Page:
President Donald Trump is expected to fire at least seven top inspectors general, and legal experts are sounding the alarm.
Late Tuesday night RealClearPolitics White House and national political correspondent Susan Crabtree dropped this bombshell:
Breaking: Trump is firing 7 IGs in one fail swoop, sources confirm to @RealClearNews. Most likely will be the IGs that were appointed by Pres. Obama or beforehand. He wants his own people in those positions now. Trump during his briefing said he has “put in 7 names” for IGs.
— Susan Crabtree (@susancrabtree) April 7, 2020
Crabtree later noted “more changes may come later.”
Indeed, as Crabtree mentioned, Trump in fact did make the announcement Tuesday during the coronavirus briefing, but it went largely unnoticed.
Asked by a reporter about his Tuesday firing of Glenn Fine, the Acting Inspector General for the Defense Department, Trump rambled, saying that as president he has the right to fire Inspectors General. (That could be challenged in court if he goes through with the plan.)
“Well, we have a IGs [sic] in from the Obama era,” Trump told the reporter asking about Fine, an IG who has worked for every President since Bill Clinton. “And as you know, it’s a presidential decision. And I left them, largely. I may change some, but I left them.”
“But when we have, you know, reports of bias and when we have different things coming in — I don’t know Fine; I don’t think I ever met Fine. I heard the name –” Trump continued. “I heard the name.”
There are no credible reports of bias.
“I don’t know where he is,” Trump continued. “Maybe he was from Clinton. Okay? You have to check that out? Okay, maybe he’s from Clinton.”
“But we did change him, but we changed a number,” Trump said, suggesting the firing of a veteran and highly-regarded Inspector General is akin to getting an oil change.
And then Trump snuck in the bombshell.
“We have about seven nominations in,” meaning he will be replacing seven Inspectors General, or Acting IGs. “I believe we put seven very, very highly qualified people for the IG position. And, you know, that’s a decision that I could have made three years ago and I could have made two years ago. But we’re putting in — not so much for him. We’re putting in seven names. I think it was seven. And they’re going in now.”
Trump late Friday evening fired Michael Atkinson, the Intelligence Community Inspector General. Atkinson fulfilled his legal obligation to report a credible whistleblower complaint to Congress, and President Trump on Monday fully admitted that was the reason he fired him.
“I thought he did a terrible job… Absolutely terrible.”
Trump fired back at a reporter who asked about the firing of Intelligence Community inspector general Michael Atkinson pic.twitter.com/ZAPWmmBocQ
— QuickTake by Bloomberg (@QuickTake) April 4, 2020
On Tuesday President Trump fired Glenn Fine, the Acting Inspector General for the Defense Department, who had just been named by his peers to oversee the $2 trillion emergency coronavirus support program, which includes a $500 billion slush fund that will be managed by Treasury Secretary Steve Mnuchin.
Legal experts and lawmakers responded to the news Trump plans to purge seven Inspectors General, expressing anger and grave concern.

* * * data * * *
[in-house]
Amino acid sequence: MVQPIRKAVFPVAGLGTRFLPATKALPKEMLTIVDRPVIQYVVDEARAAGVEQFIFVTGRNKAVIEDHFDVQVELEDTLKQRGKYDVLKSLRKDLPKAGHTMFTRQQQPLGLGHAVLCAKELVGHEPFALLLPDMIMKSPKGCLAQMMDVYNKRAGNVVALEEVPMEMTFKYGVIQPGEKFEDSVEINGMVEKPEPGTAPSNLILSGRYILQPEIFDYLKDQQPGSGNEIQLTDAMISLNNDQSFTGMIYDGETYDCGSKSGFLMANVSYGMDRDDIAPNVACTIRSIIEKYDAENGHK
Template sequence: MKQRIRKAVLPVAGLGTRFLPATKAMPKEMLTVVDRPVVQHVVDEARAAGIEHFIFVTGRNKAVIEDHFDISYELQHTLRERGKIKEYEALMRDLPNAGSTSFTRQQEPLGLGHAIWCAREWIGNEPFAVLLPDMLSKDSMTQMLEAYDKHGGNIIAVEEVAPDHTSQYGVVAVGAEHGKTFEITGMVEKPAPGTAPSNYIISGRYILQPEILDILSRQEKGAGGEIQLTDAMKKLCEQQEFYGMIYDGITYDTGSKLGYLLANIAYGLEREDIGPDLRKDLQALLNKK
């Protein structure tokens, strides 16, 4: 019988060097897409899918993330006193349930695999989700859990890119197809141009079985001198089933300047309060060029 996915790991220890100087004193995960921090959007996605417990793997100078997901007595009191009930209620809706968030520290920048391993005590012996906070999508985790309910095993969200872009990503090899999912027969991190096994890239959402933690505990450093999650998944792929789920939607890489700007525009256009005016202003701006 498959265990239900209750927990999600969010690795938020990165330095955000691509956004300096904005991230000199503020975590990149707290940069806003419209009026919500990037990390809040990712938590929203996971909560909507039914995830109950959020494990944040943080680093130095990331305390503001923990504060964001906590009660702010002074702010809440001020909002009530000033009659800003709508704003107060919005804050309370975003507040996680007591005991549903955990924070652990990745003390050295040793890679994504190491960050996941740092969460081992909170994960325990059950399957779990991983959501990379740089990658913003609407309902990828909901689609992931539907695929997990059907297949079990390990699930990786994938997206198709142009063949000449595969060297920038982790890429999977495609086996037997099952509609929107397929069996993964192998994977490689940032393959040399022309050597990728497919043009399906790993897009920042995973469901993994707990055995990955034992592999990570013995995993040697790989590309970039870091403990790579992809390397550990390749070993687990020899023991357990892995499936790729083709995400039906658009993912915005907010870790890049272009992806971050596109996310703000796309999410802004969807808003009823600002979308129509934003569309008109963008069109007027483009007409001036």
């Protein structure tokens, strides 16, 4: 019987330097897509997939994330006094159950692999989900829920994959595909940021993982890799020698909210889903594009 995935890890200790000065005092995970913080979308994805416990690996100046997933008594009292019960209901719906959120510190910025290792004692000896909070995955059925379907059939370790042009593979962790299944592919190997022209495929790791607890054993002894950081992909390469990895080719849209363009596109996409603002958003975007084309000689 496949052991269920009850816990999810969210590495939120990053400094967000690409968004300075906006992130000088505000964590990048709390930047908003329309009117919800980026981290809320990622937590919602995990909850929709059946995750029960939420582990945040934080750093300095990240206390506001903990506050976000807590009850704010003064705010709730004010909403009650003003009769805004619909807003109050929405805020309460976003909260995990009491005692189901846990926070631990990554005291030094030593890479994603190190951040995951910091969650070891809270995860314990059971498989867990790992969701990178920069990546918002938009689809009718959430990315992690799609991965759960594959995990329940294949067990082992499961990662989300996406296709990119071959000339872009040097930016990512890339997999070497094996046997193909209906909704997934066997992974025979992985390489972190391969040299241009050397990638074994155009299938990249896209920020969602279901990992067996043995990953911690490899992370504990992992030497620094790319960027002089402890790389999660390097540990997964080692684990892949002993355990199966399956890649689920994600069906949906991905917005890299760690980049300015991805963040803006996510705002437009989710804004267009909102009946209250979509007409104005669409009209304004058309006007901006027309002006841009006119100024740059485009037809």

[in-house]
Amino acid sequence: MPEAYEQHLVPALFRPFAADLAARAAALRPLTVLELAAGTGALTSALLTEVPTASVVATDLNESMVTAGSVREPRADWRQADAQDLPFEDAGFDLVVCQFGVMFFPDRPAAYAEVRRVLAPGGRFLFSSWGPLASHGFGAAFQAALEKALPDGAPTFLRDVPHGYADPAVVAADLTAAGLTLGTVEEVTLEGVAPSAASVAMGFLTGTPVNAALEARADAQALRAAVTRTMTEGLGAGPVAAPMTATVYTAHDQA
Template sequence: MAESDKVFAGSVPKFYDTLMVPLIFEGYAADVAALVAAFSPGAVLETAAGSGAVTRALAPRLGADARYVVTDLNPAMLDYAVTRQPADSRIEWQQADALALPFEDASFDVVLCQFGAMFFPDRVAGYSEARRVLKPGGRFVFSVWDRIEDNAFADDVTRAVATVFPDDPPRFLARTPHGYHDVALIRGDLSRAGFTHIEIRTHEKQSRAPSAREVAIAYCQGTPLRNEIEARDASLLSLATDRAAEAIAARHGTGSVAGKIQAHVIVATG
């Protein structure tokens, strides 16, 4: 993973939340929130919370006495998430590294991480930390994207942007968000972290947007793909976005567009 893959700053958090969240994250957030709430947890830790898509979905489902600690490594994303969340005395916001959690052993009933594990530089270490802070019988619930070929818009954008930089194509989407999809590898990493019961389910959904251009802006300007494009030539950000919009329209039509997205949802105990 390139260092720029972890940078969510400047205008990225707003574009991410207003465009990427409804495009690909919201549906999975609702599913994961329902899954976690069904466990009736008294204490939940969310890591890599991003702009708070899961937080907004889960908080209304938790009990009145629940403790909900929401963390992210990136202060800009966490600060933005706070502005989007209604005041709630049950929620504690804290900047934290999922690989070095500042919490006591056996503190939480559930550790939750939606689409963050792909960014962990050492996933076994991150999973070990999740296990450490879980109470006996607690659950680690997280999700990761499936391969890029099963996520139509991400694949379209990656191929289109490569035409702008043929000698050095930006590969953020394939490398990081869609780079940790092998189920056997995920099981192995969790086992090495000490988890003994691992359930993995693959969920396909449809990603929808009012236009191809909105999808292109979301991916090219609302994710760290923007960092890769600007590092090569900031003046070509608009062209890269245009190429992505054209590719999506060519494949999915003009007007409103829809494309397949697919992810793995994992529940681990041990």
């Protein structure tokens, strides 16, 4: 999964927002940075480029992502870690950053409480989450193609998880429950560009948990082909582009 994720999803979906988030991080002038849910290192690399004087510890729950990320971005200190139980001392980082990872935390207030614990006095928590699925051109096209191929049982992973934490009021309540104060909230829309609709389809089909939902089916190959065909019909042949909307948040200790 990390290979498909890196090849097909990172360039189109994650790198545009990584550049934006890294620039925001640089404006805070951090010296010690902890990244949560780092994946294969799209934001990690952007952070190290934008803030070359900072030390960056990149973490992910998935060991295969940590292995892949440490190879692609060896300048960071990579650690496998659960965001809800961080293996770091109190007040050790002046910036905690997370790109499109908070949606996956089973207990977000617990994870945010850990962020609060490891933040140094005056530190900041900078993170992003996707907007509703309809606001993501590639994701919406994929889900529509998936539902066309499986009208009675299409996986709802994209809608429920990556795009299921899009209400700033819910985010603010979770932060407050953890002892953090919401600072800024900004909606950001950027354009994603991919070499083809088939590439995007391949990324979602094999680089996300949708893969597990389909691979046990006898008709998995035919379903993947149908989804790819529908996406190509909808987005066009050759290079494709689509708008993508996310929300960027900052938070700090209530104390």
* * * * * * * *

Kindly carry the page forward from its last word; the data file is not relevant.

U.S. Senator (D-HI):
You can thank Senate Republicans for pre-approving all of the coming corruption by voting not guilty. And spare all of us a strongly worded press release. You had your chance. https://t.co/9vef638Ha8
— Brian Schatz (@brianschatz) April 7, 2020
Former CIA Officer:
This. Is. A. Problem. Alarm bells should be going off. https://t.co/LYTKUwV7Iz
— Andrew P. Bakaj (@AndrewBakaj) April 8, 2020
Former U.S. Deputy National Security Advisor for Strategic Communications:
Trump is dismantling American democracy during a pandemic, and every Republican who voted to protect him owns it. https://t.co/Uy7n50bV5k
— Ben Rhodes (@brhodes) April 8, 2020
Former Senior Director for Counterterrorism at the National Security Council staff:
Trump reportedly firing SEVEN inspectors general all at once.
Guess he figured out that inspectors general were created to ensure accountability & oversight.
Those are 2 things Trump can’t stand.
This move is VERY dangerous to American democracy. https://t.co/bxnUKqwUWD
— Joshua A. Geltzer (@jgeltzer) April 7, 2020
Head of the Brennan Center’s National Task Force on Rule of Law and Democracy:
If true, this is a break glass moment for our democracy. And I’m not an alarmist, nor the biggest fan of all IGs. But they play an essential role in checking abuse & preventing autocracy. If there are more @MittRomney‘s in Congress, now is the time to speak out. STRING 1/ https://t.co/EDiZFxCu20
— Rudy Mehrbani (@RudyMehrbani) April 8, 2020
Former director of USAID’s Office of US Foreign Disaster Assistance (OFDA):
This is a huge, huge red flag. https://t.co/sLA3JmOWON
— Jeremy INVEST IN PUBLIC HEALTH Konyndyk (@JeremyKonyndyk) April 8, 2020
Noted political scientist and resident scholar at the American Enterprise Institute (AEI):
This is a giant step towards a corrupt autocracy. And not a word from his enabler’s in Congress. No different than the lawmakers in Hungary, in Egypt and other countries where they turned a blind eye to vicious dictators seizing power and squeezing freedoms out of the society.
— Norman Ornstein (@NormOrnstein) April 8, 2020
Former federal corruption prosecutor, now Executive Director of CREW:
If anyone thought we were exaggerating about the President’s attack on any independent oversight and accountability, and undermining of democratic checks and balances, this should make it painfully clear. Really scary. https://t.co/UxEoMxkvd4
— Noah Bookbinder (@NoahBookbinder) April 7, 2020
U.S. Senator (D-CT):
This is getting ridiculous.
I’m drafting legislation to give all Inspectors General protected 7 year terms. Sound like a good idea? https://t.co/pLu0PkOwT4
— Chris Murphy (@ChrisMurphyCT) April 8, 2020
Law Professor at University of Texas School of Law, CNN’s Supreme Court analyst: